Magazine

Insights | Published in May 2017

Whiplash

The tax treatment of retirement plans

By Alison Cooke Mintzer | May 2017
PS-Portrait-Article-Insights.jpgIs our retirement plan system under attack? For weeks, as the country waited to see what tax reform would mean for this president and Congress, multitudes of articles appeared on news sites across the country, including ours, referencing what experts hypothesized might be at stake. Many of these articles discussed potential changes to the employer-sponsored defined contribution (DC) retirement plan system—specifically 401(k) plans. Ideas such as elimination of the 401(k) tax deferral, mandatory Roth contributions and change to limits were all mentioned.
 
However, when President Donald Trump’s tax proposal was released, the 401(k) system seemed safe. “We are going to eliminate most of the tax breaks that mainly benefit high-income individuals. Home ownership, charitable giving and retirement savings will be protected—but other tax benefits will be eliminated,” said Gary Cohn, chief economic adviser to President Trump and director of the National Economic Council, in a statement. However, the vagueness of the phrase “retirement savings” led some to believe 401(k) plans might still be at risk.
 
Then, for about 10 to 15 minutes that week, my team was preparing to get commentary discussing what would happen if the president’s tax plan eliminated the 401(k) tax deferment/deduction when Press Secretary Sean Spicer, during his daily press briefing, seemed to say the administration’s tax proposal might do just that. However, a few minutes later, the White House clarified that, in fact, this was not the case.
 
Of course, from my standpoint as the editor of a magazine that focuses on employer-sponsored retirement plans, it would be counterproductive to think that such a suggestion would be anything but harmful. As one of my team members said, “I don’t mean to get all political here, but how could gutting the 401(k) tax deferment system be viewed as a good idea?” I have to agree. Yes, I know that our industry is seen as a colossal expense because of the way the Congressional Budget Office (CBO) scores revenue. Tax-deferred retirement plans are seen as an expenditure to the government because much of the revenue associated with them will not be recovered within the 10-year window the CBO uses for budgeting—which has always struck me as short-sighted. The trillions of dollars in the retirement plan system could be viewed as an annuity for the government if the CBO changed its strategy—and, as we know, income for life is an excellent benefit.
 
The idea that the retirement plan system might be under attack is nothing new—early in my career, under President George W. Bush, I spent years learning about, and writing articles about, his proposals for revamping the retirement and savings account system. However, there has been a sense that perhaps this time, changes are more probable.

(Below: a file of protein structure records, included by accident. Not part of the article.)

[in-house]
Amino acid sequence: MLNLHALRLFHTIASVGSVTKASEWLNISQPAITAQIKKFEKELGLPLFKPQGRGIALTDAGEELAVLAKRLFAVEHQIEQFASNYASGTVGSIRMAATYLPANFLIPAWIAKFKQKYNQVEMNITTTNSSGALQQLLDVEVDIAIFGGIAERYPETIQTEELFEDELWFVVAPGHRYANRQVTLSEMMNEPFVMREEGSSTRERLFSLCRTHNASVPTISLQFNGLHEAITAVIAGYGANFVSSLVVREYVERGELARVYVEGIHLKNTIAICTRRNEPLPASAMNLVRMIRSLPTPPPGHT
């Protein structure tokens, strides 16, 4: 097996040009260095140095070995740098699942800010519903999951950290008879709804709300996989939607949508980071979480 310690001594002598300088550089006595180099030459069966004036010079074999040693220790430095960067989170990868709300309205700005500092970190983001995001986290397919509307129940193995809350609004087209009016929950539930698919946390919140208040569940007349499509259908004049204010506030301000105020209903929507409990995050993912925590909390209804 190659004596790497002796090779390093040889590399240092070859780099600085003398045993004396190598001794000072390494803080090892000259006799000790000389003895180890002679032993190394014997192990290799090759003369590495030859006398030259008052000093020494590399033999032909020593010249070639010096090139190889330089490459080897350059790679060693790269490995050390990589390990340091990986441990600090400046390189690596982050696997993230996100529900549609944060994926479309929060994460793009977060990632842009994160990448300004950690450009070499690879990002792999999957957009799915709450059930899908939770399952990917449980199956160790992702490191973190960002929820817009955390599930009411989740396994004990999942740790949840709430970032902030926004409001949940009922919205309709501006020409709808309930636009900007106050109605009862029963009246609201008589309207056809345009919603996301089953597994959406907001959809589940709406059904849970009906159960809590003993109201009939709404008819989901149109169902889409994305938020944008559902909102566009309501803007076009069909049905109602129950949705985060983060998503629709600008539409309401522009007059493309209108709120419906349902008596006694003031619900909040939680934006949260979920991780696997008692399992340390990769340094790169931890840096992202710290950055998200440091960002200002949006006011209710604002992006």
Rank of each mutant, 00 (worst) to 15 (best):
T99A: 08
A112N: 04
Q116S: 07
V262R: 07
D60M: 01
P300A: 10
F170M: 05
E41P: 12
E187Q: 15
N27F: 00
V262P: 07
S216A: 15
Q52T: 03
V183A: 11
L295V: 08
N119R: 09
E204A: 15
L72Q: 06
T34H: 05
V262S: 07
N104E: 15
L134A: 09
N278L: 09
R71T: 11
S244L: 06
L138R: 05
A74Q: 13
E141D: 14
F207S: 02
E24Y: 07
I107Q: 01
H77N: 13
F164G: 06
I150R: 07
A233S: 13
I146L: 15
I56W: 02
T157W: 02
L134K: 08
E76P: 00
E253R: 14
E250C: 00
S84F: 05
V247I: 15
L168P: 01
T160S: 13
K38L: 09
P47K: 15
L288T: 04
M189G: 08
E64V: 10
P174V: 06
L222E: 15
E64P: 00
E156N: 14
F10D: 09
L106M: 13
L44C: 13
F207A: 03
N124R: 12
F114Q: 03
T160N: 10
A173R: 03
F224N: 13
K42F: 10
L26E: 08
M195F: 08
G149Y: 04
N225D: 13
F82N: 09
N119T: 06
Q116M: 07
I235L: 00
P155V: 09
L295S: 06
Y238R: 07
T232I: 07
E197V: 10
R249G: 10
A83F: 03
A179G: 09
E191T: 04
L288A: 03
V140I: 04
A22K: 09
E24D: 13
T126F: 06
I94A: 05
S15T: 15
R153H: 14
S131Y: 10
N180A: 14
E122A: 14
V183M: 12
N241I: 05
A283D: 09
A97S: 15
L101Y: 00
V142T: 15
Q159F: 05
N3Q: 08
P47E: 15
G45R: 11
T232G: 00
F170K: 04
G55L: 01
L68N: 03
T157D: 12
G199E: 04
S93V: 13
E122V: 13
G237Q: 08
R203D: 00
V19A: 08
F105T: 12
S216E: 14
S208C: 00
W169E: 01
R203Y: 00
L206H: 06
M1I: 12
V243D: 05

I turned to Twitter right after Press Secretary Spicer made his unsettling remarks and was amazed to see that the responses of many aligned with my own—most were from people upset at the inference that their savings opportunities might be taken away. It was refreshing to see such responses—see the value people recognize in their retirement plans. Suddenly, when there may be changes to the fundamentals behind our retirement plans, you see articles with titles “Grab Your Pitchforks, Your 401(k) May Need Defending From Congress” in the Wall Street Journal. I just wish that sentiment was always the case.
 
The editorial team at PLANSPONSOR receives multiple news alerts each day tracking various topics, online. For obvious reasons “401(k)” is one of the keyword search terms. That alert comes once, if not twice, per day. As of late, this hasn’t always been the most upbeat segment of articles, and if one was to just read the negative headlines, one might think that the plans are not of value to employees or not a good way to save. After all, frequently the articles are written about poor or opaque investment options, or high fees—all of which may be contributing to the rise in participant lawsuits.
 
In checking Twitter and our news feeds the days after the tax plan was released, I was relatively amazed at the contradiction I saw between the articles that take a negative posturing or consistently suggest 401(k)s are fleecing their participants, but as soon as the plans might be taken away, it’s a call for all hands on deck to protect those same plans. Many times, these alarms do spur action, whether on Twitter or in comment letters to the Department of Labor (DOL), and one can only hope such opinions are heard.
 
I’m optimistic that the tax treatment of retirement plans will remain, as I can’t see any way in which eliminating it would help the broader issue and concerns regarding coverage or availability. But I am also hoping that perhaps this threat of having the retirement system dismantled will lead to an enhanced appreciation of employer-sponsored plans and increased participation and savings. Could the whiplash around tax cut discussions actually be worth the stress?
 
—Alison Cook Mintzer, Editor-in-Chief

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